Welcome to my Inner World. I am a French self-taught artist, and these past twenty years I have made Norway my home. Moving to the Lofoten islands was the greatest present I ever made to myself and the Arctic landscapes are indeed a true treat for any artist’s eyes. I live with my British soulmate,… Continue Reading
Sometimes you have to leave the comfort and warmth of Home to roam the world so that you’ll have no regret. The dragon will keep the place safe and always welcoming for when you return, exhausted but content, to your nest.
Quelquefois, il est nécessaire de quitter le confort et la chaleur du foyer, aller explorer le monde afin de n’avoir aucun regret. Le dragon veillera sur la maison afin qu’elle reste un lieu sûr et accueillant lorsque, épuisé mais satisfait, vous rentrerez dans votre nid.
Lirael is inspired by the book of the same title, second volume of Garth Nix’s trilogy “The Old Kingdom”. I’ve read it several times, I love the settings. And the dog. This is one of the best descriptions of magic I’ve ever read. Some sequences still haunt me endlessly, like the first time Sabriel enters the Old Kingdom. Every time I go cross country skiing in the forest, I think of this very very special atmosphere. I also love the Abhorsen’s house with its strange servants.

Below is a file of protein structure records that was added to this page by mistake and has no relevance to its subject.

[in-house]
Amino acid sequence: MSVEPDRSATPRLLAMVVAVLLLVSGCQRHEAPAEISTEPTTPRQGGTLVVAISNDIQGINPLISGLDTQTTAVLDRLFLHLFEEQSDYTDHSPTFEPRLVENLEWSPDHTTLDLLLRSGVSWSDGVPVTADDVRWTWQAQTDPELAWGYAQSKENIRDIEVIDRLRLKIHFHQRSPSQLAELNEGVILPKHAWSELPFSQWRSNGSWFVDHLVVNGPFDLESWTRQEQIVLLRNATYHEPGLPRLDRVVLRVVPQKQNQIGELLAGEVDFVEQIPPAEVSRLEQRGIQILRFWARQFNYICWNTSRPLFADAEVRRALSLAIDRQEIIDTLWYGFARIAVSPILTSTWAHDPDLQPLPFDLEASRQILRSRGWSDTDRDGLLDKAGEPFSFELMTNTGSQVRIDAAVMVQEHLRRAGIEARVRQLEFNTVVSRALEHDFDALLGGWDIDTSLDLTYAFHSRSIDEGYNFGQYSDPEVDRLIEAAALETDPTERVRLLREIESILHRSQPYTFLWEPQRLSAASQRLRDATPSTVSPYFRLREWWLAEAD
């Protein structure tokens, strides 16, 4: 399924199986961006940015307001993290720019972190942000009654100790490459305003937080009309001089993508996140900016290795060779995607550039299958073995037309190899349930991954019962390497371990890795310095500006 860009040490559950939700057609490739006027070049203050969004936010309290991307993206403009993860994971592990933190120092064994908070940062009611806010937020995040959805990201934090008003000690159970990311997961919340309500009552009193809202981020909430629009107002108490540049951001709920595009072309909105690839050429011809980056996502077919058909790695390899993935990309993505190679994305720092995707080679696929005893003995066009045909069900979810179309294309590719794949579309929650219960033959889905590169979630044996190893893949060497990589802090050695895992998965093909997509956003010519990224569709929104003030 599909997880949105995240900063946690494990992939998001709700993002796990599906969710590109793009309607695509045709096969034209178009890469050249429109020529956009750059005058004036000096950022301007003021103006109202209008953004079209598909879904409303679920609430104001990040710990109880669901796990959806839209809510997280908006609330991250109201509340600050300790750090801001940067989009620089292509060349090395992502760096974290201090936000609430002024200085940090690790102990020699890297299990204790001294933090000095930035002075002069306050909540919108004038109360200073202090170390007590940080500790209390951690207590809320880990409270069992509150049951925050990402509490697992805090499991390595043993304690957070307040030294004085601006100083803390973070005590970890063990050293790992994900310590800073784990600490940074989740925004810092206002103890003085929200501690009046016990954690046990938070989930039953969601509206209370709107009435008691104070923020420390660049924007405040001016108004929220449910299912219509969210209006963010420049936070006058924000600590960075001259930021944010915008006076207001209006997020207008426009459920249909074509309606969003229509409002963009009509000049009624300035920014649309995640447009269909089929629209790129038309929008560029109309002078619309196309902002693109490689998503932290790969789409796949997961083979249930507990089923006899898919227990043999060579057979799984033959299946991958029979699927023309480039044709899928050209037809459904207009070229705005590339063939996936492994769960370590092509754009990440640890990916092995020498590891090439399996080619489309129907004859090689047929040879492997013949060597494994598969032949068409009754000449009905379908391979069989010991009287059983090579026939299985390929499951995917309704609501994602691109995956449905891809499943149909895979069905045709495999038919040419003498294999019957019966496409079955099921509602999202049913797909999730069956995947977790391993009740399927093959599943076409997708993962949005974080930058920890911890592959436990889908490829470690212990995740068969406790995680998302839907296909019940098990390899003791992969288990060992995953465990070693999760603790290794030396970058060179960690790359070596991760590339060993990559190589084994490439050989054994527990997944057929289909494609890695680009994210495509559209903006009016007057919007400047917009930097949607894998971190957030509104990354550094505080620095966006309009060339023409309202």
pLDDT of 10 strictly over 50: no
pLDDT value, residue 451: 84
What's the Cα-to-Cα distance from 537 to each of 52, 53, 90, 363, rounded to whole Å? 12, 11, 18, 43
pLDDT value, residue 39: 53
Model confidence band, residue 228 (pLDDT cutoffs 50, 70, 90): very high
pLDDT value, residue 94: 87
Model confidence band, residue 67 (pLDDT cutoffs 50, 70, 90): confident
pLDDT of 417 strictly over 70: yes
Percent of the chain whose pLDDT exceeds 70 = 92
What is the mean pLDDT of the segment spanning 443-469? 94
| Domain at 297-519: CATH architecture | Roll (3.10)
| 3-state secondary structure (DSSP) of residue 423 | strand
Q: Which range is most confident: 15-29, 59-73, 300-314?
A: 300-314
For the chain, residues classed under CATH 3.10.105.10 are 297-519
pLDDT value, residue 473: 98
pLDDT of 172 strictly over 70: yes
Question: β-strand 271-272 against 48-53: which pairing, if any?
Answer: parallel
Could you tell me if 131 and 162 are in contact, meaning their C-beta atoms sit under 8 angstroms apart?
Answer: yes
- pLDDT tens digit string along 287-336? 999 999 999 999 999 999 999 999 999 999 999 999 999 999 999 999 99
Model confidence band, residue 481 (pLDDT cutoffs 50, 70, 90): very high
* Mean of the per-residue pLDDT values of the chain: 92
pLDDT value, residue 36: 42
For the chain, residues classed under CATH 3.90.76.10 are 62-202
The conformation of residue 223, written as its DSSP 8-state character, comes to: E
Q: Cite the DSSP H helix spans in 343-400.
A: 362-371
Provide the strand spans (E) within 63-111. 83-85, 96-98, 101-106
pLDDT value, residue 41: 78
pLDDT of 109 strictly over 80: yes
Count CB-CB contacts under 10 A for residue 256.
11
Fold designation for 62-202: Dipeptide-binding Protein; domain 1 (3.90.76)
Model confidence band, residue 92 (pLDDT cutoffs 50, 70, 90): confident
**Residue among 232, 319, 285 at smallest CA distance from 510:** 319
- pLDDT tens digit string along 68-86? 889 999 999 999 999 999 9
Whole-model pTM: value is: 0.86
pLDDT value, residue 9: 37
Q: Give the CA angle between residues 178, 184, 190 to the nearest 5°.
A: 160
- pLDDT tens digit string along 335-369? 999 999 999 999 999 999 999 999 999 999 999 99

Lirael est inspiré du livre du même titre, deuxième tome de la trilogie “L’Ancien Royaume” de Garth Nix. Je l’ai lu plusieurs fois, j’adore le cadre. Et le chien. C’est l’une des meilleures description de la magie que j’aie lues. Certaines séquences me hantent toujours, comme la première fois que Sabriel pénètre dans l’Ancien Royaume. Chaque fois que je vais me promener à ski de fond, je repense à cette atmosphère très très particulière. J’adore aussi la maison de l’Abhorsen avec ses étranges serviteurs.
’TWAS fifty quatrains the woman from unknown lands sang on the floor of the house to Bran son of Febal, when the royal house was full of kings, who knew not whence the woman had come, since the ramparts were closed.
This is the beginning of the story. One day, in the neighbourhood of his stronghold, Bran went about alone, when he heard music behind him. As often as he looked back, ’twas still behind him the music was. At last he fell asleep at the music, such was its sweetness. When he awoke from his sleep, he saw close by him a branch of silver with white blossoms, nor was it easy to distinguish its bloom from that branch. Then Bran took the branch in his hand to his royal house. When the hosts were in the royal house, they saw a woman in strange raiment on the floor of the house. ’Twas then she sang the fifty quatrains to Bran, while the host heard her, and all beheld the woman.